Now, for those who intend on actively pursuing links, I also have some detailed advice. The original concept for this came directly from Eric Ward one day during a conversation years ago - he's the real deal when it comes to link building, and a genuinely nice guy. He shared the idea of writing a simple, clear, polite note to a webmaster to ask for a one-way link - and it works. Not all the time, but when the link you're after can make or break your site, it's a solid tool to have in your toolbox.

How to find the right person to send it to is my contribution to the idea - nothing new, I'm sure, but here we go anyway.

(Disclosure - originally posted at my blog)


Here are some useful tips to get you started down the path to finding some of those much-sought-after oneway, inbound links. It takes a lot of work, but if you manage to get even a few of these links for your site it can make a big difference.

1 - inbound, one-way text links using good anchor text are your goal from an SEO perspective. (I’ll define everything below)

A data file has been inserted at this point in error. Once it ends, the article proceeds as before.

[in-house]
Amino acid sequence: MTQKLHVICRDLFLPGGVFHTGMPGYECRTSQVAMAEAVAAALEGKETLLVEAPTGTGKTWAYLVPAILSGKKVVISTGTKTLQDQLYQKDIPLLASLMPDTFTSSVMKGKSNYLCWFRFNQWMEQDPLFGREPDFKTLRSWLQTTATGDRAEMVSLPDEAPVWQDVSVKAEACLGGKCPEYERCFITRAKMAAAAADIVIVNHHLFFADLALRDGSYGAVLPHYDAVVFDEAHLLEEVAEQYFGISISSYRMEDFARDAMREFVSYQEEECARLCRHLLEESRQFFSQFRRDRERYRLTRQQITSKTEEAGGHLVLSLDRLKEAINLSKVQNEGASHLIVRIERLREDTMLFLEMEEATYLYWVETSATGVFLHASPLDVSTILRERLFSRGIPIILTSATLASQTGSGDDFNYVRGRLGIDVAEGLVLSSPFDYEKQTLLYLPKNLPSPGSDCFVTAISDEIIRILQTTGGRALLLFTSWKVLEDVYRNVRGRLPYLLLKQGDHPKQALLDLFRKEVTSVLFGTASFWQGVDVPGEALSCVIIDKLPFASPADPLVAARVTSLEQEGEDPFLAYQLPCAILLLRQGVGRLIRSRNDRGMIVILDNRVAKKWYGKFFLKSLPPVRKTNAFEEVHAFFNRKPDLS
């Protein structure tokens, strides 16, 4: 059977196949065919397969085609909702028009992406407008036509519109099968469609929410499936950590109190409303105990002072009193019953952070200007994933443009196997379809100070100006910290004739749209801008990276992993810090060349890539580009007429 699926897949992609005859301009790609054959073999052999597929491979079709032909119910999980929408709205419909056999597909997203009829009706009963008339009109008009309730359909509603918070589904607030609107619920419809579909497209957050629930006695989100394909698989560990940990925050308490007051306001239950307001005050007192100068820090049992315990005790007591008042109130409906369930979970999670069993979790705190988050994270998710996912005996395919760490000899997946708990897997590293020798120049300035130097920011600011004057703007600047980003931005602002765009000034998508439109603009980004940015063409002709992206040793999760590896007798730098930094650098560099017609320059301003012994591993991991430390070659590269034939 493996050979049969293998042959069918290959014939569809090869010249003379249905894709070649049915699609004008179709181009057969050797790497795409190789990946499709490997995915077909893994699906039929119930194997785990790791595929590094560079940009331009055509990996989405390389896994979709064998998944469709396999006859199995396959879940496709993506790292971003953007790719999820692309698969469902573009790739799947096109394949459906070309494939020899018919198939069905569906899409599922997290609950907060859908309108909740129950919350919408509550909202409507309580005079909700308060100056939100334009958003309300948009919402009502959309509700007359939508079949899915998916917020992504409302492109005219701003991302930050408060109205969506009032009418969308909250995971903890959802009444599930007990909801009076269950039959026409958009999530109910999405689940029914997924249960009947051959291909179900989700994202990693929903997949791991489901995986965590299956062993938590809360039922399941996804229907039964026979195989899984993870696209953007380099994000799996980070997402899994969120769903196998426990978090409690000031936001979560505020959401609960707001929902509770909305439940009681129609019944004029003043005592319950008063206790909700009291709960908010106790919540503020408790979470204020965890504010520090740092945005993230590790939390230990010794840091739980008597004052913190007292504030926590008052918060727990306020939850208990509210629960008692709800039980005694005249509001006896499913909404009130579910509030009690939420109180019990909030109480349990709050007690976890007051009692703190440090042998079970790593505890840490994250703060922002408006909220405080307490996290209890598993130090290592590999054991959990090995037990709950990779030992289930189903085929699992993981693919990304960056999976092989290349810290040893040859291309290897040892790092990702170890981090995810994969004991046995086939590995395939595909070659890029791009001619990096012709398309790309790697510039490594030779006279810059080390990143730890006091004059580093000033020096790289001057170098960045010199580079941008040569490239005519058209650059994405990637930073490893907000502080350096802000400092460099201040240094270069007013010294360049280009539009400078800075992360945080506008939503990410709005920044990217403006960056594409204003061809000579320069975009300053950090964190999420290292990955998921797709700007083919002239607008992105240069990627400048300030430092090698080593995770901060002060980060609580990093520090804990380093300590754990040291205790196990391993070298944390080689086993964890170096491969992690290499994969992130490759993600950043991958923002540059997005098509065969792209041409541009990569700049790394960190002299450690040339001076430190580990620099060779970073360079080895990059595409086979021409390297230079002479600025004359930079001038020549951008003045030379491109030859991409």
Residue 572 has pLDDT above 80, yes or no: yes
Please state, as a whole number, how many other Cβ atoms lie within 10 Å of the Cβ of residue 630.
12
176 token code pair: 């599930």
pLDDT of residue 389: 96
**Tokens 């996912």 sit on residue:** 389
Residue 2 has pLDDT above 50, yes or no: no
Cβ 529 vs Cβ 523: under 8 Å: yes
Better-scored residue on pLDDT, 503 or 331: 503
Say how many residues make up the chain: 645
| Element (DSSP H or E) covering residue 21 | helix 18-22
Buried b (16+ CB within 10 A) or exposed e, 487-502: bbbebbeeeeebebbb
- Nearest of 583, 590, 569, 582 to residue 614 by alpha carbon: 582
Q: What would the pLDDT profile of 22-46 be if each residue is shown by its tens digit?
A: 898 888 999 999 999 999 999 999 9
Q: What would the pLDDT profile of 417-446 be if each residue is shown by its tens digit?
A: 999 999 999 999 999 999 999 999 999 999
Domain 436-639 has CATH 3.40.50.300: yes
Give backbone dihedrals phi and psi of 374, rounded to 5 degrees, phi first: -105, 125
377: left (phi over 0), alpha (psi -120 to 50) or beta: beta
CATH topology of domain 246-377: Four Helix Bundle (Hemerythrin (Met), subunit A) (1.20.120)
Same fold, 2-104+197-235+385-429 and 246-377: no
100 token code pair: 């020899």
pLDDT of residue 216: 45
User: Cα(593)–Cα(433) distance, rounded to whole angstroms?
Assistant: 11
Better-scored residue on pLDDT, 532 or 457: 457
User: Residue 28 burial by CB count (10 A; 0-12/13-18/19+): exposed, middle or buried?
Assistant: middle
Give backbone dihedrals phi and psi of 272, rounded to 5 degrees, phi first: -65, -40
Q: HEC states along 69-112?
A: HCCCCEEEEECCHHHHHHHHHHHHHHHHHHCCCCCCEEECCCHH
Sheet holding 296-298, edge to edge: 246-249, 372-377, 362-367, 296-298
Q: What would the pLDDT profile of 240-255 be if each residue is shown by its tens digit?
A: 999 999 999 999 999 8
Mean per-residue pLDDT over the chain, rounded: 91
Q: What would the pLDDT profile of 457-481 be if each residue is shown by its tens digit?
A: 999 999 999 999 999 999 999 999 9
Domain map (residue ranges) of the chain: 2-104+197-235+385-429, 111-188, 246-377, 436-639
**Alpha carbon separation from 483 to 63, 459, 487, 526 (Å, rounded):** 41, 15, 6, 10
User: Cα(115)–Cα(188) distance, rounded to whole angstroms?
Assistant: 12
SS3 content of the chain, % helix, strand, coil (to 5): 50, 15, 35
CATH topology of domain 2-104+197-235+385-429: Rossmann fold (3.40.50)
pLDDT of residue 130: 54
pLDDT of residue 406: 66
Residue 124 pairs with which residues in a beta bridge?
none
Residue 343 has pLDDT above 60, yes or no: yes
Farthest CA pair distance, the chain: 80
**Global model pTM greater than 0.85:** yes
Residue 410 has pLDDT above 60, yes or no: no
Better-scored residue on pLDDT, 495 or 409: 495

2 - DO NOT sweat page rank on the page linking TO YOU
3 - DO sweat that each page/site is topically related to you
4 - Try for these “golden boy” links from the major players in YOUR topical category - better 10 inbounds from related topic sites with a PR of zero, than 100 inbounds from unrelated, PR8 sites. (Think long-term when building links)
5 - one-way links are better than reciprocal links
6 - MOST sites will ask for a recip
7 - Recips are fine, but make sure where you are linking to offers something of value for YOUR users
8 - Recips can be good to bring in traffic - just be careful to take a look at who’s link to THEM - bad neighbors are not good…